William Zinsser once wrote that you should never settle for the wrong word. “The Thesaurus is to the writer what a rhyming dictionary is to the songwriter- a reminder of all the choices- and you should use it with gratitude.” (On Writing Well Page 35)

Blogging is Hard

I cannot seem to focus at all today.

My mind has been avoiding focusing on my school work and yet also seems to dislike the idea of settling on any other thought or activity. It’s like a little kid at an amusement park that can’t seem to decide on which ride to go on first. Except, instead of eventually making a list of favorites and going on each ride one after the other like a somewhat intelligent human being, it just keeps freaking out and running in circles.

“I want to take notes on the reading from last night! No! I want to do some free writing! No! I should clean my room! Do the reading for today! OMG CRAFTS!!!”

a.baa-This-is-one-lazy-dog

And then it crashes completely and I end up blogging instead.

I am actually surprised at how long I have managed to stay fixed on this, especially considering how much grief this site has caused me over the last two days…

…Actually, scratch that. I am the cause of my own grief.

You see, WordPress is brilliant. It may not be the easiest to use, but it is highly professional and has yet to be taken over by Google so it earns two thumbs up in my book. Where I seem to be hitting a wall is on the fact that WordPress is a website, thus it is on the interwebs, thus it is on the computer and computers are not my friends. I’m telling you right now, my incompetence when it comes to technology is astounding.

It took me a total of four and a half hours to get RantsAndRhythms up and running and the first post published. I didn’t even write that poem yesterday. It’s an older work I’ve had sitting around forever. All I had to do was type it up and post it! I swear to God, it took me forever! And don’t even get my started on the “About” page! (Seriously, wtf?) And after finally getting everything set up, I had to navigate the interwebs to find other blogs?!

(this is all especially sad because my father is a software developer)

As you can tell (I think…?) I did eventually figure it out. But I’m not about to say I am an expert so I would like to reach out and ask for some help.

I checked my blog this morning to find that I already have FOUR FOLLOWERS! (I honestly don’t care if it is inappropriate to be so excited) So, first off, I would like to thank you Uncanny Derek, Kimalee Jones, johncoyote, and sfoxwriting. You made my day with the click of a button.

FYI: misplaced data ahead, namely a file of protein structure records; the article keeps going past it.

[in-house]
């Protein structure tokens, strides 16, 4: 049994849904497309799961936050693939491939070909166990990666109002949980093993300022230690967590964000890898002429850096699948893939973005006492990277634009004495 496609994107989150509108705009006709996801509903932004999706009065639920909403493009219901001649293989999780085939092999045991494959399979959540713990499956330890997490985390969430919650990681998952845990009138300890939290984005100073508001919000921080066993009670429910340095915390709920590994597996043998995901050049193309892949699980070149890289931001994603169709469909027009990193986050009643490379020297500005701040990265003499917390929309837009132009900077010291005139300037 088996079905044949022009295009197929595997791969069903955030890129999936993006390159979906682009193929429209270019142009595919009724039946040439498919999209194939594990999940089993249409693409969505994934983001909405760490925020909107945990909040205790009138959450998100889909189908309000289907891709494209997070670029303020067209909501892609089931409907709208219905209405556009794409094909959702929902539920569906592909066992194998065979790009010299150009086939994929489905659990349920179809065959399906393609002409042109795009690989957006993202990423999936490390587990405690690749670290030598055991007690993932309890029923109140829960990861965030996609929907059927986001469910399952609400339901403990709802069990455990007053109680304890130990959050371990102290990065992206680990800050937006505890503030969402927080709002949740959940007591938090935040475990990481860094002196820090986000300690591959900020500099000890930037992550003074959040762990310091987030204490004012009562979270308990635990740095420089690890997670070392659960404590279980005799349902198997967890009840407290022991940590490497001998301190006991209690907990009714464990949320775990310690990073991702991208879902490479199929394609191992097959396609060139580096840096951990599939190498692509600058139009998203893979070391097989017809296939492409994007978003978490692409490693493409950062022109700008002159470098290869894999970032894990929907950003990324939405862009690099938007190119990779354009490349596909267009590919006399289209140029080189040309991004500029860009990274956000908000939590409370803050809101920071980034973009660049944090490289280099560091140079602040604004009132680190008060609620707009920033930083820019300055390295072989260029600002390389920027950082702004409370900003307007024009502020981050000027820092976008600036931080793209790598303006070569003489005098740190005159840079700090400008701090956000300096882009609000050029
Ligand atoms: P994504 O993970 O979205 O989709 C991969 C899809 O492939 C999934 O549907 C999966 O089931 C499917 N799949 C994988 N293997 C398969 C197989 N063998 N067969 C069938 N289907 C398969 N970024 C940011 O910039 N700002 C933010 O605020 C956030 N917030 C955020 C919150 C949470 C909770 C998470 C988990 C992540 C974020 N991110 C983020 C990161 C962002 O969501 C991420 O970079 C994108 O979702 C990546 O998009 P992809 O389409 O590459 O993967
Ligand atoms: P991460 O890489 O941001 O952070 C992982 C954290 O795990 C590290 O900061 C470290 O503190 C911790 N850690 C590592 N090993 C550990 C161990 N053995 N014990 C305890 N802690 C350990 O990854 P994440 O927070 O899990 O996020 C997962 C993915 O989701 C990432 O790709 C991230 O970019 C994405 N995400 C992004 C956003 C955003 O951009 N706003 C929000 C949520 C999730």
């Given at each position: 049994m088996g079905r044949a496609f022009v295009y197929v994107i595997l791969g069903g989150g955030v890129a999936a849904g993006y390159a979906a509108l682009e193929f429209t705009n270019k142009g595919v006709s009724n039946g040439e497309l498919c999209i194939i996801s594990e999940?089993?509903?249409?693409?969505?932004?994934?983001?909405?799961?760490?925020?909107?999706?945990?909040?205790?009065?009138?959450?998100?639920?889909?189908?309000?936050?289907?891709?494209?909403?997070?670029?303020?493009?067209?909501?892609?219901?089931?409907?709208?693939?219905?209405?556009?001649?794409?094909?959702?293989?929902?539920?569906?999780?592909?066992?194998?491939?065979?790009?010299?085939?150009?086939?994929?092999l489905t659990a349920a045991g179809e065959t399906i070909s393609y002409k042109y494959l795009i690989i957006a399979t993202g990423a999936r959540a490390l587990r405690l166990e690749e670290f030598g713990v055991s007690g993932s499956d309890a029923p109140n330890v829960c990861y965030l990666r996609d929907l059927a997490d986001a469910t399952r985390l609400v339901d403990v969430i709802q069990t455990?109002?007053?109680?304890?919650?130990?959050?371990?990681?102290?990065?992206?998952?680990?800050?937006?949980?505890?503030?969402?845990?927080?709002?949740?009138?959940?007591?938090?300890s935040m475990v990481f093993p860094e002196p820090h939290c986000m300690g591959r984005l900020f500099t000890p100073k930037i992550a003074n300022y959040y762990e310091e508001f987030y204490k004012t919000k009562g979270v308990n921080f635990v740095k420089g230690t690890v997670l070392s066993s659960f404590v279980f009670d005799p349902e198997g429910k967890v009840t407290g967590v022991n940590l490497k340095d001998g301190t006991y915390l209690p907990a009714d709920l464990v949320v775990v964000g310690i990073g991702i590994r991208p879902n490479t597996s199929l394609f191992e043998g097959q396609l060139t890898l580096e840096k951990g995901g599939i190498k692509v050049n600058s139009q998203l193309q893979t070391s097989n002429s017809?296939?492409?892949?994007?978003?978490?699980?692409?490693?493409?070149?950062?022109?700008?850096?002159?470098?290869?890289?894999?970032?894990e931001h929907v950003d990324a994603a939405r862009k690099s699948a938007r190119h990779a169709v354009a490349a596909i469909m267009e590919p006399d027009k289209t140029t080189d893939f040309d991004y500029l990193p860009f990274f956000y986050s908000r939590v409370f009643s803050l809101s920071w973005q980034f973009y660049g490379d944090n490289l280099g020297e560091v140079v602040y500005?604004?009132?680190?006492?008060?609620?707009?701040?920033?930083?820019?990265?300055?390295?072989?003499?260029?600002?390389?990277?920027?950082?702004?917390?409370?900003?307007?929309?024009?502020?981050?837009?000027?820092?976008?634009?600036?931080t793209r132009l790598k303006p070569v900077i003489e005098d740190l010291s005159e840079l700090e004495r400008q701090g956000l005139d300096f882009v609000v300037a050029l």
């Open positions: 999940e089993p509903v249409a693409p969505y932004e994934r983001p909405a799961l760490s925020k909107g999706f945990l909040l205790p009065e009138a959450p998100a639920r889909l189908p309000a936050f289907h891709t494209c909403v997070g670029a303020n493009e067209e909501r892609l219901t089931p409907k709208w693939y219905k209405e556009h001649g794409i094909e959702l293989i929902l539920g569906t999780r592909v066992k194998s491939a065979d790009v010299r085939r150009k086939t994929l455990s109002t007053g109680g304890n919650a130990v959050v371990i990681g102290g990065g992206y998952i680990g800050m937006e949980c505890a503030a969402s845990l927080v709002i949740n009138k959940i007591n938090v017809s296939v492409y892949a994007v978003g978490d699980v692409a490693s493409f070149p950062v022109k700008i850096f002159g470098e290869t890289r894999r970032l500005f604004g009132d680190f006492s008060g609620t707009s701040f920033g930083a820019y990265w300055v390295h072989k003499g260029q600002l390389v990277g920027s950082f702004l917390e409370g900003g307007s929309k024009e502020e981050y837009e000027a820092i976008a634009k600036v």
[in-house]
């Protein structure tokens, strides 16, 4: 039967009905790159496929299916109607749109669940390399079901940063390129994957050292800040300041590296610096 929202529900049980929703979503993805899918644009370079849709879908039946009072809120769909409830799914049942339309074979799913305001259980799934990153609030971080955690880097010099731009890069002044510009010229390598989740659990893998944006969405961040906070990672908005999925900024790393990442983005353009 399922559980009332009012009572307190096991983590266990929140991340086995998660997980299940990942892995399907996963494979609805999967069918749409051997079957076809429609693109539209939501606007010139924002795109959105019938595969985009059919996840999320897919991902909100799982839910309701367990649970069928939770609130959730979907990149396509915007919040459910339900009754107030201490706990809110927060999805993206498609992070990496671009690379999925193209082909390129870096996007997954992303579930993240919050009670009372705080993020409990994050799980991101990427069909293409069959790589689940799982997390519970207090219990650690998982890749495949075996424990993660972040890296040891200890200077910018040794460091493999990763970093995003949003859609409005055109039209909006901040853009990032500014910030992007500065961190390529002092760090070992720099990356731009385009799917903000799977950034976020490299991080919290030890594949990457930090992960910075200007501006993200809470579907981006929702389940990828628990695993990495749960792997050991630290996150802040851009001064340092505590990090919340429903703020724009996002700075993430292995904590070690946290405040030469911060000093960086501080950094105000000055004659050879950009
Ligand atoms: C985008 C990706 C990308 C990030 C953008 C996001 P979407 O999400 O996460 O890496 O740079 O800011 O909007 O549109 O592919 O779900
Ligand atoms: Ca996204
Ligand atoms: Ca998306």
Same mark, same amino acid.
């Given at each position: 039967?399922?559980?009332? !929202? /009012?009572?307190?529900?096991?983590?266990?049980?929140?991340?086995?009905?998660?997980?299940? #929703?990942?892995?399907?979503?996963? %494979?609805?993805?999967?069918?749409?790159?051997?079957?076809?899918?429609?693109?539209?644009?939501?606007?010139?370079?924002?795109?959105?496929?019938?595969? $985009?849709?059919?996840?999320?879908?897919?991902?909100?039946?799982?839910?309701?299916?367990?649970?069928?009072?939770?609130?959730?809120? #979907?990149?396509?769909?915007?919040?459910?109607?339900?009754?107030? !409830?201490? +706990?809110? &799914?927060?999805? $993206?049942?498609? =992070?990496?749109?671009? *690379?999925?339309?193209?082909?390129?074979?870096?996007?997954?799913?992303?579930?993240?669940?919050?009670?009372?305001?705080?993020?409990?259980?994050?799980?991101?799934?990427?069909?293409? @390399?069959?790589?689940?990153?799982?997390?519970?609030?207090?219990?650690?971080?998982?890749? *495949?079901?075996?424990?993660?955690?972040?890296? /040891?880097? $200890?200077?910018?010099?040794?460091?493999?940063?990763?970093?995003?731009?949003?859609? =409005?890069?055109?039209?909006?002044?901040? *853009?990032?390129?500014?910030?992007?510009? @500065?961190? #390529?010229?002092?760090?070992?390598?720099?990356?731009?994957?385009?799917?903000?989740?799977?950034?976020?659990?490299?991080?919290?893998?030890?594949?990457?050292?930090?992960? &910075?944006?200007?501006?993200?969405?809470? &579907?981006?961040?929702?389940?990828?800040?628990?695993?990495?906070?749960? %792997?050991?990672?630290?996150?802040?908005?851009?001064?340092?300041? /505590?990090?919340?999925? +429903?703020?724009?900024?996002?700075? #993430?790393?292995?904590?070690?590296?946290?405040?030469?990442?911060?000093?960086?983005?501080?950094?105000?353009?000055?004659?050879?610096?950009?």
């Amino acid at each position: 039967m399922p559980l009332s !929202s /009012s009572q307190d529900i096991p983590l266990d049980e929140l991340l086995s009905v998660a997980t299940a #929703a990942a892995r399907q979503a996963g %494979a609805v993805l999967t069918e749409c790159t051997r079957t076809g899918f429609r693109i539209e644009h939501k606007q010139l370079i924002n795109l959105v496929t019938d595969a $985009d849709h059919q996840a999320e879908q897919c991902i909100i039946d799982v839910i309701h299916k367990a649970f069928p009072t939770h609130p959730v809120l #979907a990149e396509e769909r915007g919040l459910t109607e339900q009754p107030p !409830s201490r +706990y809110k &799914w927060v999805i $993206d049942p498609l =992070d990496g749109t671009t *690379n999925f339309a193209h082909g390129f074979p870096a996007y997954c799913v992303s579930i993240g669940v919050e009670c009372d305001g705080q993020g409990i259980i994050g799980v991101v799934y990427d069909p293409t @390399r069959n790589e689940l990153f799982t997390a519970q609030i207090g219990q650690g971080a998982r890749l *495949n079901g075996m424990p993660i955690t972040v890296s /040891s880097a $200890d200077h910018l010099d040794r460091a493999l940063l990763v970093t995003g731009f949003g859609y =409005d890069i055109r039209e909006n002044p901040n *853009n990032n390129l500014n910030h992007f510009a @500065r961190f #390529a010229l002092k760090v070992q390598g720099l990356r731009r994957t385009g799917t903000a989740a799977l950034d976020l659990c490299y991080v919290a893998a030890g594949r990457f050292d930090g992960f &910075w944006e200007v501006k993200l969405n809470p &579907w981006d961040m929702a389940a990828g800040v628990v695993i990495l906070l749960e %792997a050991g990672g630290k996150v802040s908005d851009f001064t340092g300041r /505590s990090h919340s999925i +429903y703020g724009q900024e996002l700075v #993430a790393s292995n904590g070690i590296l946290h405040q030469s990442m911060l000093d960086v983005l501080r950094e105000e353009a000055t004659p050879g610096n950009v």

Now, I’m not saying that just because you followed my blog we need to be besties, but if you would like to further add to my happiness I’d appreciate a little help. As I’ve stated, computers and I don’t get along and, despite this, I would like to avoid this conversation with myself:

“Why is blogging so goddamn hard?!”

It’s not that hard, you just suck.

“No, you suck!”

I am your mind.

“You’re right! I suck!”

So, please, help me out and offer any advice you can think of. Anything at all. Even if its just a stream of random words. I will decipher them into wisdom (though, actual wisdom would be preferable).

And now, I must be back to my schoolwork. Or, at least, I must try. I honestly can’t guarantee  anything though considering how today has been going.

unnamed

Like, actually though…wtf, Emma?

Think about it

What do you think about
when writing a poem?
When your pen or pencil hits paper
     or your fingernails click
against computer keys?
 
When the letters begin to appear?
 
Is it the idea?
The message in your head?
Your desire to communicate with a total stranger,
to disrupt their world for a moment
and make them think…
 
Do you think of how it will take them
      a second or two
to understand the metaphor and
have that
      Aha!
    moment
that makes great poetry great?
 
Or do you think at all?
Do you simply let the words flow
mindlessly into meaning
until they are naturally beautiful
or hideous?
 
I, personally, think about
how much 
I like my handwriting,
how comely it is when it flows
and how much I hate
when it is disrupted 
by my hand sliding off
         the bottom
              of
                     the
 
page.